Of course, individual circumstances for the unemployed vary widely. Some people are in relationships and have children, and will be eligible for further support. But in all cases, things will be very, very, tight. Reality. Not good.

But lest we forget. Up until a week ago the unemployed, including those who lost their jobs during the last catastrophic bushfire season, were expected to survive on the paltry sum of roughly $275 per week. At the same time, they had to endure the demonisation of ‘dole bludging’ foisted upon them by their own Government, the nong commercial television channels, the conservative press, and far too many of their fellow citizens.

Let’s hope that when we come out on the other side of the COVID-19 crisis that the rush of empathy for the unemployed and the poor becomes permanently welded onto the hearts, souls, and guts of the bureaucrats and politicians who design and maintain the safety net of our Welfare System.

(What is the average rent in Australia? $436 per week. The median rent across Australia is currently $436 per week, according to a new report from property research house CoreLogic. In capital cities, it’s $465 per week, while the regional areas have it slightly cheaper at $378. and pls note: these figures are as of a year ago!)

(According to research from Commonwealth Bank in 2017, average monthly mortgage payments in Australia’s capital cities range from $1,500 to over $3,000.)

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Another woman dead. What can we as a society do about it?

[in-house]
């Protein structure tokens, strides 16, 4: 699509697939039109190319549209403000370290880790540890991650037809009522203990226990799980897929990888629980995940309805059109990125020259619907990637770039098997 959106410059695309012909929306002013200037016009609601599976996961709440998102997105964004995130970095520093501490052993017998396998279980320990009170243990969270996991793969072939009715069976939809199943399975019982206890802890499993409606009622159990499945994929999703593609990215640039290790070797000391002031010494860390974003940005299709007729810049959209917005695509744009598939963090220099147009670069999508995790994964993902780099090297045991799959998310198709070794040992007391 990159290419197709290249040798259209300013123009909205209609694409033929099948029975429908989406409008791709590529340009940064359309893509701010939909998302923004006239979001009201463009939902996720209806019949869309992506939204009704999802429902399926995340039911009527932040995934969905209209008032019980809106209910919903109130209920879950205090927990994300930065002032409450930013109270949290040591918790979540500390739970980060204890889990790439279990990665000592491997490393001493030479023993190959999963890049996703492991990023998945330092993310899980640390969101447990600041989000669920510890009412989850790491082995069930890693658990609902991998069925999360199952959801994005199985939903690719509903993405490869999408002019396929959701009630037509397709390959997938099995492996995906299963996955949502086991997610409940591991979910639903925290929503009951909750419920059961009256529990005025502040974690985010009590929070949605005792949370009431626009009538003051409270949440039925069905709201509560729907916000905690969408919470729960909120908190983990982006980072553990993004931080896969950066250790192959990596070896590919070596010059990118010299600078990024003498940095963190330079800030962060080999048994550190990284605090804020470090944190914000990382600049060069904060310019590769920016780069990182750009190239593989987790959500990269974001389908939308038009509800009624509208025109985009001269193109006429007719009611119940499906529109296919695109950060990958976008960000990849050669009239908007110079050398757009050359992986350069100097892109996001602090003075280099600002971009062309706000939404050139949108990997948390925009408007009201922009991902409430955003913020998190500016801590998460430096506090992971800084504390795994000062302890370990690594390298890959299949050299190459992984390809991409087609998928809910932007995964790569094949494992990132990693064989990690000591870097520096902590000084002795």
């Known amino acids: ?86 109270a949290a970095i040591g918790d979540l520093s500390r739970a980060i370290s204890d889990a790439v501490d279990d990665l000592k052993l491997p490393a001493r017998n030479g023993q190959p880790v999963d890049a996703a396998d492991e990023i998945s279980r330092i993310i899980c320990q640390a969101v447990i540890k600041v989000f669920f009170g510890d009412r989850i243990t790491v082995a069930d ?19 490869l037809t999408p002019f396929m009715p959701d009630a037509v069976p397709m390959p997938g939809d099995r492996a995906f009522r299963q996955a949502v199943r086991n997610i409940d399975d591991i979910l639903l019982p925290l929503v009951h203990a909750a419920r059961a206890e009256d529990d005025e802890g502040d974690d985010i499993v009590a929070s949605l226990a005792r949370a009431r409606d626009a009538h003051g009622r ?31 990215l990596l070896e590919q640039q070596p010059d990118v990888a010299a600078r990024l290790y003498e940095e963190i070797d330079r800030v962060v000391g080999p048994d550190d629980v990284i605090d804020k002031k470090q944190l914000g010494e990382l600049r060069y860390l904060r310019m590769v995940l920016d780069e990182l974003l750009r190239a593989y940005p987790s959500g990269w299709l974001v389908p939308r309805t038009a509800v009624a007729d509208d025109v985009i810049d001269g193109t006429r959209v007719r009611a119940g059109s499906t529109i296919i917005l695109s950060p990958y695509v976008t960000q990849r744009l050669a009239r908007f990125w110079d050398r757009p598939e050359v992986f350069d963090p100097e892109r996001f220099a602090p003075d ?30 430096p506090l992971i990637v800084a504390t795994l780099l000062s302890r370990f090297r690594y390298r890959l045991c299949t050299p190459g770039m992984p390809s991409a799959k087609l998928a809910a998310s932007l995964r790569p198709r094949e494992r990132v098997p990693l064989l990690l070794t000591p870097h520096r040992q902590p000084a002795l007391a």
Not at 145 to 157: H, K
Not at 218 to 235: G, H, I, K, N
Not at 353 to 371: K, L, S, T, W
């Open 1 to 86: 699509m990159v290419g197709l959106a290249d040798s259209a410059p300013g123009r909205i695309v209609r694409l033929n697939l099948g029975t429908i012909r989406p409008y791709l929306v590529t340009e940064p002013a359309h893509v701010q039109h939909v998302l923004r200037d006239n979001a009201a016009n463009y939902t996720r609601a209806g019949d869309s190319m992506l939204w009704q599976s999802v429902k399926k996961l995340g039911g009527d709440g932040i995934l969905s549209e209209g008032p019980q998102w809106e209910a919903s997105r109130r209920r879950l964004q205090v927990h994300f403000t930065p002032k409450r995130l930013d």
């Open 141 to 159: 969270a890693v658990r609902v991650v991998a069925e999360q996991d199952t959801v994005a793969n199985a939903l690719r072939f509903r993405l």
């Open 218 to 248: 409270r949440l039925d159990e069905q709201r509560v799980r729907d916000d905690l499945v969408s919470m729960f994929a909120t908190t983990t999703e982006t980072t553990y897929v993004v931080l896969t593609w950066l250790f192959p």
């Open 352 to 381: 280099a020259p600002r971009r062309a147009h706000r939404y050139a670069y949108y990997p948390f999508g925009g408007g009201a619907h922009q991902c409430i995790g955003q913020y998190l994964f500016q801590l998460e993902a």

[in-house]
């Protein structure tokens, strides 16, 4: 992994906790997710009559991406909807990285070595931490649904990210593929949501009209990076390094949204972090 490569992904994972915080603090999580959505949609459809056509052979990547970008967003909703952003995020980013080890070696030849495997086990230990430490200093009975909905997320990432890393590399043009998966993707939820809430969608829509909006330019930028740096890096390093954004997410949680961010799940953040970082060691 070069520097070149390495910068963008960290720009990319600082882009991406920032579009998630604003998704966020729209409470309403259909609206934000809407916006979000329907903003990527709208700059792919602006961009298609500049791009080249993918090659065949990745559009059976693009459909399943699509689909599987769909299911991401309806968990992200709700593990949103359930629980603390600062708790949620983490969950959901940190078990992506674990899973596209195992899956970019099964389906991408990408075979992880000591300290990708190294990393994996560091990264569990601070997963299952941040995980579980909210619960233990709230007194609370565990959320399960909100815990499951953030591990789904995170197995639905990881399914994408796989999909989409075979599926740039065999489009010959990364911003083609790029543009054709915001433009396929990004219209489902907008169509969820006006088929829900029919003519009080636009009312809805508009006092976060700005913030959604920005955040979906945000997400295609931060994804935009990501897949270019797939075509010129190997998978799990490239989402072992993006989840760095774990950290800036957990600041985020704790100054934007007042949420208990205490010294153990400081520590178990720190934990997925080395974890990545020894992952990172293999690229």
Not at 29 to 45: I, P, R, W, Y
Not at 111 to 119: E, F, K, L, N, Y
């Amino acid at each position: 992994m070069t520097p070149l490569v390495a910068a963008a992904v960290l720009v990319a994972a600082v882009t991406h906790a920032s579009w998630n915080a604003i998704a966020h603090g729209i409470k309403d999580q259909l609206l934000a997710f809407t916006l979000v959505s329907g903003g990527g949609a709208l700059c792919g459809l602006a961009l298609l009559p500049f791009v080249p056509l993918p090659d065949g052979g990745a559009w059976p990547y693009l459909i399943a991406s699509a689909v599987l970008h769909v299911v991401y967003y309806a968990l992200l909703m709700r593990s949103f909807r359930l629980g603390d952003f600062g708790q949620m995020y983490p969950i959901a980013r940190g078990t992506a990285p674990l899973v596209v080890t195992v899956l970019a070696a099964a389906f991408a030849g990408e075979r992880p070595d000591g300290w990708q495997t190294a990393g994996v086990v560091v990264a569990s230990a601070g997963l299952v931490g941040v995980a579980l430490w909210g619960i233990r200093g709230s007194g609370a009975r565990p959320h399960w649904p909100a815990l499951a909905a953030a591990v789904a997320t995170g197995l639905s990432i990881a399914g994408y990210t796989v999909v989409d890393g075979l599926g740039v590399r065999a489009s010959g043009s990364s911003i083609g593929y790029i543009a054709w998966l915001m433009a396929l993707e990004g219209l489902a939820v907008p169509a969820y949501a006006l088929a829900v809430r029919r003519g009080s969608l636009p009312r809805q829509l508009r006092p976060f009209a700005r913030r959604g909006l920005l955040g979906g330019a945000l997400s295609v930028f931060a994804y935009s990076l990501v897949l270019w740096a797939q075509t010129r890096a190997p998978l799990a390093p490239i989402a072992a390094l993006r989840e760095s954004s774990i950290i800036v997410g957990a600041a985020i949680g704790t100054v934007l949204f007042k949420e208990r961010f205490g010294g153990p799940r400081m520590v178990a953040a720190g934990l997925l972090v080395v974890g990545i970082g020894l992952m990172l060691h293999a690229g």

Somewhere around Australia, behind a closed door in one of our suburbs, right now a woman is being beaten. There is no guarantee that she will not soon be dead.

I do not say that just to make you stand up and take notice. I say that to make me stand up and take notice of how appalling the level of violence directed at women within Australian society really is.

When I think about my daughter, when I think about the women in my life, when I think back over the years of my life, when I think about how when those women raised the issue of violence against women I was verbally supportive of their efforts to both highlight and then attempt to stem the tide of violence directed at women.

It made me realise that I am part of a large cohort of people who verbally oppose the level of violence against women. It also made me realise that as an individual human being, who happens to be a male, I had never translated my own supportive words into ‘action’.